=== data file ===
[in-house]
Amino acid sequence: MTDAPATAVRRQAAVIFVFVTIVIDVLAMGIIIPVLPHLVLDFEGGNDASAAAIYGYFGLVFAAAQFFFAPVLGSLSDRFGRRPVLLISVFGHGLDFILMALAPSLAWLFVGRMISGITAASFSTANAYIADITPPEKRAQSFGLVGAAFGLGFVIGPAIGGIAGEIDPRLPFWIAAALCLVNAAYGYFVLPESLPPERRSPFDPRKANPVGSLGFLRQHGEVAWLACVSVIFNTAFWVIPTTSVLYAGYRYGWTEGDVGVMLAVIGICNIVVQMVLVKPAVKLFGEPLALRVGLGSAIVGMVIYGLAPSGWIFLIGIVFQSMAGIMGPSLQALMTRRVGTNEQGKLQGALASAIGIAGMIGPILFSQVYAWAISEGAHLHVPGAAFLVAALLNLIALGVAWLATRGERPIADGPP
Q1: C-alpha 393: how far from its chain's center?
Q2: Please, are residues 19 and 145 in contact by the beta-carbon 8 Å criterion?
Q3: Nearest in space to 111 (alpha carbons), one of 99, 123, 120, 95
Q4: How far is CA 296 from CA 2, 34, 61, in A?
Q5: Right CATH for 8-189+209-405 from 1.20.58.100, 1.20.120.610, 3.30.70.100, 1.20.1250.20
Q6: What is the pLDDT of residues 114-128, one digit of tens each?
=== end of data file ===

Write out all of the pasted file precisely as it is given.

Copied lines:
[in-house]
Amino acid sequence: MTDAPATAVRRQAAVIFVFVTIVIDVLAMGIIIPVLPHLVLDFEGGNDASAAAIYGYFGLVFAAAQFFFAPVLGSLSDRFGRRPVLLISVFGHGLDFILMALAPSLAWLFVGRMISGITAASFSTANAYIADITPPEKRAQSFGLVGAAFGLGFVIGPAIGGIAGEIDPRLPFWIAAALCLVNAAYGYFVLPESLPPERRSPFDPRKANPVGSLGFLRQHGEVAWLACVSVIFNTAFWVIPTTSVLYAGYRYGWTEGDVGVMLAVIGICNIVVQMVLVKPAVKLFGEPLALRVGLGSAIVGMVIYGLAPSGWIFLIGIVFQSMAGIMGPSLQALMTRRVGTNEQGKLQGALASAIGIAGMIGPILFSQVYAWAISEGAHLHVPGAAFLVAALLNLIALGVAWLATRGERPIADGPP
Q1: C-alpha 393: how far from its chain's center?
Q2: Please, are residues 19 and 145 in contact by the beta-carbon 8 Å criterion?
Q3: Nearest in space to 111 (alpha carbons), one of 99, 123, 120, 95
Q4: How far is CA 296 from CA 2, 34, 61, in A?
Q5: Right CATH for 8-189+209-405 from 1.20.58.100, 1.20.120.610, 3.30.70.100, 1.20.1250.20
Q6: What is the pLDDT of residues 114-128, one digit of tens each?